How To UX

Keith Aric Hall
Jan 6, 2020 · 3 min read

I recently had a conversation with my wife’s younger cousin. He is a junior in college and is interested in pursuing a career in UX design. He asked me what are some key things he should know about the field and what companies look for in interns and new college grads.

The conversation caused me to reflect on some of the things I’ve learned throughout my career. If you are looking to start a career in UX design, maybe you’ll find the following useful.

Ask why

Our jobs are largely problem-solving. To be effective, we have to make sure that we are solving the right problem. Doing so requires a strong curiosity and determination to dig until you find truth. That means: using a variety of tools in our toolbox; listening to cross-functional partners to benefit from their expertise; and making educated guesses when we don’t have all the information.

Get good at storytelling

Design is subjective. That is to say, the most visible aspects of design are subjective. Color, imagery, copy, etc. For that reason, it is very common for designers to have to defend their work. Partners and stakeholders often second guess design decisions, because too often they only see the end results. For us to show that our decisions were built on a solid foundation, we have to take others along with us on our journey to the final solution. Few realize that the real work is the stuff that we tried but didn’t work. The things that ended up on the cutting room floor. The assumptions that were laid to rest. But if we can’t explain those interesting, Aha! moments … it all looks subjective.

Understand prioritization

Let’s go back to high school government class for a moment. Remember that lesson that started, “we live in a world of limited resources…”? One of the hardest lessons for me to learn early on was that we can’t fix everything. Companies have limited resources. People, time and money. That means they have to focus those resources on the things that will make the biggest impact or that are the most critical to the business. Guess what, not everything is critical. Guess what else, all experience improvements aren’t created equal. Companies have to make tough decisions every day about where to invest their resources. Sometimes the choice is between two worthy alternatives. Our jobs as UX designers are to equip the decision-makers with the information they need to make the best investment.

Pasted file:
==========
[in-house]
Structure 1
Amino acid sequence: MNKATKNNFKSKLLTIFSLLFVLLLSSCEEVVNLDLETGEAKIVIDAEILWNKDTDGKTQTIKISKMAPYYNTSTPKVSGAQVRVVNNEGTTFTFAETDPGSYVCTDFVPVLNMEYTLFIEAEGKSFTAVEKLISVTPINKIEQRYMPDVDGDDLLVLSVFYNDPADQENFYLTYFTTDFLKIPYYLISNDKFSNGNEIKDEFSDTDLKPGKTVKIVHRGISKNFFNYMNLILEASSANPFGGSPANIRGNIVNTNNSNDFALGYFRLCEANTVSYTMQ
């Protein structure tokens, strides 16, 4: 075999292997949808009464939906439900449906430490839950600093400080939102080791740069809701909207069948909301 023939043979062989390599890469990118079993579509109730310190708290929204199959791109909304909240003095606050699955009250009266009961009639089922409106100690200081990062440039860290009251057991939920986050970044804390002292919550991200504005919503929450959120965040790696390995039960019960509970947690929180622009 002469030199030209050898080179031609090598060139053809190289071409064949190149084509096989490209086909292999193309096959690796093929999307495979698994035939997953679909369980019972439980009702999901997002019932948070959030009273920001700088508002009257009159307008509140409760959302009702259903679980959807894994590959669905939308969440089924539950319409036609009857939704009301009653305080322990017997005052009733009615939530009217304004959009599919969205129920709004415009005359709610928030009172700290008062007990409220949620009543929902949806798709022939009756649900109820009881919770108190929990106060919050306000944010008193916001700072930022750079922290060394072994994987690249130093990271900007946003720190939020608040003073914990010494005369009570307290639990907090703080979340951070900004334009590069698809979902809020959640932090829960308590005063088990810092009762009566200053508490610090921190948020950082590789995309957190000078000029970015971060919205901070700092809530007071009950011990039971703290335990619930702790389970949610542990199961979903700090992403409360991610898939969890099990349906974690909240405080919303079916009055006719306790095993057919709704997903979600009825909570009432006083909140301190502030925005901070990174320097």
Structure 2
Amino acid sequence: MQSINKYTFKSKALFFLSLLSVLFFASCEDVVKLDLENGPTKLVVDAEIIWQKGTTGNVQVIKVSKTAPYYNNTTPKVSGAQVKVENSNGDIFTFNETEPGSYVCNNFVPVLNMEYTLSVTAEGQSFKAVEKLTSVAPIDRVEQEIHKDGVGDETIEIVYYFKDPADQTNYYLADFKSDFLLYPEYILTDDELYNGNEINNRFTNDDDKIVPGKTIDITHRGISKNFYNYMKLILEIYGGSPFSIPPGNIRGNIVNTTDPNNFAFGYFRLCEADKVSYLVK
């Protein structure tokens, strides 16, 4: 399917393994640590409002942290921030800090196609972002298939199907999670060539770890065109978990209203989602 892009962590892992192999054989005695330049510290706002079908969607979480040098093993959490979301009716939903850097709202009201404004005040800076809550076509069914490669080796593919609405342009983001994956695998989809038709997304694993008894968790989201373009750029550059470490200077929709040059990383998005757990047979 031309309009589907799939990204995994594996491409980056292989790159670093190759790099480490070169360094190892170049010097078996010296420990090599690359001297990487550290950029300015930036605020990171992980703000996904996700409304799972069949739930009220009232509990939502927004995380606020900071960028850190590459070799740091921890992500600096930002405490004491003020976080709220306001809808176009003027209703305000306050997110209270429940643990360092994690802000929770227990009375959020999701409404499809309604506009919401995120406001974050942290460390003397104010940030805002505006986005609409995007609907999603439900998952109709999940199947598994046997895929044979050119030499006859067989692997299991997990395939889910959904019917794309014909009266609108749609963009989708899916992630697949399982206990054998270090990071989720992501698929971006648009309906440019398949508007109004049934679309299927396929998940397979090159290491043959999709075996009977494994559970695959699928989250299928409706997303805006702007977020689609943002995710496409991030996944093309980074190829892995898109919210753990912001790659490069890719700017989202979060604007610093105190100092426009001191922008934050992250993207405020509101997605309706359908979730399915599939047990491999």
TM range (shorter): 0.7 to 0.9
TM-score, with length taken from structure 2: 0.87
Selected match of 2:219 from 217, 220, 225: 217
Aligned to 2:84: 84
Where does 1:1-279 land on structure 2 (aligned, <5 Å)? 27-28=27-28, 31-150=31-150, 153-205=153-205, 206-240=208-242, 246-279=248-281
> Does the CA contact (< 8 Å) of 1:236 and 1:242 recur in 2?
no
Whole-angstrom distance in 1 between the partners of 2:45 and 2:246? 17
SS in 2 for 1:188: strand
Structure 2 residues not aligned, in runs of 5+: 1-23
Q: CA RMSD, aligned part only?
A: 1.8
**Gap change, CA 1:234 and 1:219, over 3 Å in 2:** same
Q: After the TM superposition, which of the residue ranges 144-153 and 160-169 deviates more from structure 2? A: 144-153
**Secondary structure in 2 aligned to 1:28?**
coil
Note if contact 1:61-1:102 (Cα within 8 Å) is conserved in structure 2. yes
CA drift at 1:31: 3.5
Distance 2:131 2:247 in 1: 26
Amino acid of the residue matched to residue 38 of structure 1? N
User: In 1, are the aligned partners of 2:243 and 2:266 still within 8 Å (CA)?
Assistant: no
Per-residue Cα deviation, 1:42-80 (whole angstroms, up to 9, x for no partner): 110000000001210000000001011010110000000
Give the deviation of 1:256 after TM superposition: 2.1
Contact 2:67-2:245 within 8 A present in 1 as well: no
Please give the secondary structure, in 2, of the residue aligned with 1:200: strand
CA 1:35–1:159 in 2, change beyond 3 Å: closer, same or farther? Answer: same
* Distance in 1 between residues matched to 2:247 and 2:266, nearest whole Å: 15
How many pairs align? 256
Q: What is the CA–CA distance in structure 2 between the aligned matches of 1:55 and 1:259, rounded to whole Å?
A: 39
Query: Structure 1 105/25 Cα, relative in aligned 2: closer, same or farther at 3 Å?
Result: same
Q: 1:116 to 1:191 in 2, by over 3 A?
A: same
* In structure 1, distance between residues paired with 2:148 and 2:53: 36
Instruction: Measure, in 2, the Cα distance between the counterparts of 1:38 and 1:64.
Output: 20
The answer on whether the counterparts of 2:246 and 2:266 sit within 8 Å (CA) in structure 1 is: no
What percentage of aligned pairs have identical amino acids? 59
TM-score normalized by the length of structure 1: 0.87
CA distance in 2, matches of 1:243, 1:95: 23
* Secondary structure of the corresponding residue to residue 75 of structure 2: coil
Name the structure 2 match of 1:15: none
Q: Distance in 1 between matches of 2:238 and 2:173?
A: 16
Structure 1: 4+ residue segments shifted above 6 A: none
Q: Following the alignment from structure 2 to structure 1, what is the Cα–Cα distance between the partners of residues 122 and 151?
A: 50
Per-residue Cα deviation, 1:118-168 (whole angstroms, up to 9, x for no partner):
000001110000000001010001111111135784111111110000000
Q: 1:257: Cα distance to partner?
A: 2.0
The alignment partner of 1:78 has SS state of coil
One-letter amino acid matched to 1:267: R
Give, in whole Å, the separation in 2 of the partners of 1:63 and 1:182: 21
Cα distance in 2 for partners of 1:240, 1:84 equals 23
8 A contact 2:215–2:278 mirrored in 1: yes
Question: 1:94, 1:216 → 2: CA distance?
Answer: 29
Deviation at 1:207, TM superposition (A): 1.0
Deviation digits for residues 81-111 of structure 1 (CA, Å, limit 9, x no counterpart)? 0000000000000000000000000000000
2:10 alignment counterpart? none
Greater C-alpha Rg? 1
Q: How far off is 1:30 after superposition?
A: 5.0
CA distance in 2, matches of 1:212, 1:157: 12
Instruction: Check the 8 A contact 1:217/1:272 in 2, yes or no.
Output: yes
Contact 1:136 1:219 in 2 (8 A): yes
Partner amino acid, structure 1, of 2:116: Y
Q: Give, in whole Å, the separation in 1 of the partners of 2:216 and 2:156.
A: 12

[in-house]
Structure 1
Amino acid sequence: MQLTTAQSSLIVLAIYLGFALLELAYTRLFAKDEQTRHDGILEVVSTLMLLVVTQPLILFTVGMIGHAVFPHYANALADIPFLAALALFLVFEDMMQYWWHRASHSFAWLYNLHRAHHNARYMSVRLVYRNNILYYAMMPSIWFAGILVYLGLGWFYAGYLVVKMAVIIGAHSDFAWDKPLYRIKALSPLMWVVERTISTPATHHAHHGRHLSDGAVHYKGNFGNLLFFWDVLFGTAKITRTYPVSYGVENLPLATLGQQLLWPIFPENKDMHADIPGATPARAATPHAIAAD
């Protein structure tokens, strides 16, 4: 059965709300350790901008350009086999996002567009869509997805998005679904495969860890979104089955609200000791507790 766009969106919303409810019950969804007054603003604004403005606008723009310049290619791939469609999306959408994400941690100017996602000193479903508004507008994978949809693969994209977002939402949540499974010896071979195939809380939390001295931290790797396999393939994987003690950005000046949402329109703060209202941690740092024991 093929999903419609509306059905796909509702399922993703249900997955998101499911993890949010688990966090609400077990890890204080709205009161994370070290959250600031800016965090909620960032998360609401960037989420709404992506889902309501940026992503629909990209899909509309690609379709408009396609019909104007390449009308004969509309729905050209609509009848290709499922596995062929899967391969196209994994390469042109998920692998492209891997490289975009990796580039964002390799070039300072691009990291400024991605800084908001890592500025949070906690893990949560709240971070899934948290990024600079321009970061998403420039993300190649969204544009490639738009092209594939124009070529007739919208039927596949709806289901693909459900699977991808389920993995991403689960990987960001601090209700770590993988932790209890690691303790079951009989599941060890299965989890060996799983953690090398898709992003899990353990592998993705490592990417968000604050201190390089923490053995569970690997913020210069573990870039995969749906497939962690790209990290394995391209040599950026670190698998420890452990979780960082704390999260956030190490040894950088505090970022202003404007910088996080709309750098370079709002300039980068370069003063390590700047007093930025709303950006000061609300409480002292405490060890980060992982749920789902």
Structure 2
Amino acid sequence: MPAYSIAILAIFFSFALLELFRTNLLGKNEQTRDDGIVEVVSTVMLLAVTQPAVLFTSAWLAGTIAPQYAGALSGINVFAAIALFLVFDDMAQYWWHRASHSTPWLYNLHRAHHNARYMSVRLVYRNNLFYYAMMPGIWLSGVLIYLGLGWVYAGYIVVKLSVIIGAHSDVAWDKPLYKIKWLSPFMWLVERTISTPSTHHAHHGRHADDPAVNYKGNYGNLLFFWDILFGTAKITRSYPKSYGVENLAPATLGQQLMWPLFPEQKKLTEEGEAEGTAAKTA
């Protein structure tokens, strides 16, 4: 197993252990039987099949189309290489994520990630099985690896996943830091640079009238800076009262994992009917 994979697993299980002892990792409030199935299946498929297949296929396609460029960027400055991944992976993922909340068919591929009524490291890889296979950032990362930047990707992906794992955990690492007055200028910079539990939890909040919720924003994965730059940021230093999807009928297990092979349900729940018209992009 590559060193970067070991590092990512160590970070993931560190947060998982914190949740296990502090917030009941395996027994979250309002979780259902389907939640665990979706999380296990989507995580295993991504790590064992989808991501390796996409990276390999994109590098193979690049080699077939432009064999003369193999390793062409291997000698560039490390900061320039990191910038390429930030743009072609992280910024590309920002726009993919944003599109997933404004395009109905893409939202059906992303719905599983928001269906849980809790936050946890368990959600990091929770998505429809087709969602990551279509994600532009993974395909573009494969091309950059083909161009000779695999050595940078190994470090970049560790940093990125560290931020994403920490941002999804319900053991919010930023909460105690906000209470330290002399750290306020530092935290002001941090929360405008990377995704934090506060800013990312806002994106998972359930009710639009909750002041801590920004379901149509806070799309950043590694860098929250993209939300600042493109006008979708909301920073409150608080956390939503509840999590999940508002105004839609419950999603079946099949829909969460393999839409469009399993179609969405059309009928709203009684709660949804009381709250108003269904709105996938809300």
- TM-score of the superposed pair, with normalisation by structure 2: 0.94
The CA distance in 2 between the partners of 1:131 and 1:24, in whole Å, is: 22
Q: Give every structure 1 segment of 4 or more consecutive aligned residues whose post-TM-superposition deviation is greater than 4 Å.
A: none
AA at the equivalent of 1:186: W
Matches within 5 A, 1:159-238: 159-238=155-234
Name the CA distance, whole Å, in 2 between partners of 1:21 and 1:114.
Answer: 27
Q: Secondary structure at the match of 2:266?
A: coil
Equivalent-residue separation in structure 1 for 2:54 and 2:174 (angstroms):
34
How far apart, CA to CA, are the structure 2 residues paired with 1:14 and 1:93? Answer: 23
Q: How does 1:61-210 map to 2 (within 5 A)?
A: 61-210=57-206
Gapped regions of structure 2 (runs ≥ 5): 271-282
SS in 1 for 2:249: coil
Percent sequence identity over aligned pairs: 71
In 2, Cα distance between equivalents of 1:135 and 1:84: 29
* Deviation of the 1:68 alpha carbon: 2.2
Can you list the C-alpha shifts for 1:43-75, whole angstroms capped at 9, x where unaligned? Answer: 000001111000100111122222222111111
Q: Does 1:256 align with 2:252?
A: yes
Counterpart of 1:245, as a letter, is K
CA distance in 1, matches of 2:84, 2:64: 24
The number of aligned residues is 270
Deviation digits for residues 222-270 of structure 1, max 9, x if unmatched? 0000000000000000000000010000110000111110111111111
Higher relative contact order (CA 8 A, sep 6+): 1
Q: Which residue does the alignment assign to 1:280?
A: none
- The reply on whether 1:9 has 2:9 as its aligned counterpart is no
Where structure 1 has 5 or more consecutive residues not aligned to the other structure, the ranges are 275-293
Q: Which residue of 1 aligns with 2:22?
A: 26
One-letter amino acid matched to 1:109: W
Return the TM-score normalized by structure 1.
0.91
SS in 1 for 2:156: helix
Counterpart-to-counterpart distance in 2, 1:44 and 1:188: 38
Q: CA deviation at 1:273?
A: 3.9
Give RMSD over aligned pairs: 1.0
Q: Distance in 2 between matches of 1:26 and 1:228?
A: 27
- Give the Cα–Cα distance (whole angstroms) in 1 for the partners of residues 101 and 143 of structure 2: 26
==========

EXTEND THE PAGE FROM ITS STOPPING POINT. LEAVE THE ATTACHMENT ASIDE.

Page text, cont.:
Be self-aware, not self-centered

Through our use of data and user research, we have a unique opportunity to holistically understand the problems we are trying to solve. Our process can embolden us because we are confident in the tried-and-true methodologies we used to arrive at our recommended solutions. While it is great to have confidence in our work, we shouldn’t discount the knowledge and experience of cross-functional partners. Sometimes other circumstances, like market factors or strategic business objectives can impact the path forward. That’s not to say that we shouldn’t fight for the things we feel are important. Rather, we should choose our battles wisely. We can employ the tools we use every day to better understand our partners and the challenges they are dealing with.

To sum it up, remember that we are part of a larger team. Every role is important to the success of our businesses. Together we can develop products that meet our business objectives, solve problems for our users and are technically feasible.

Originally published at on January 6, 2020.

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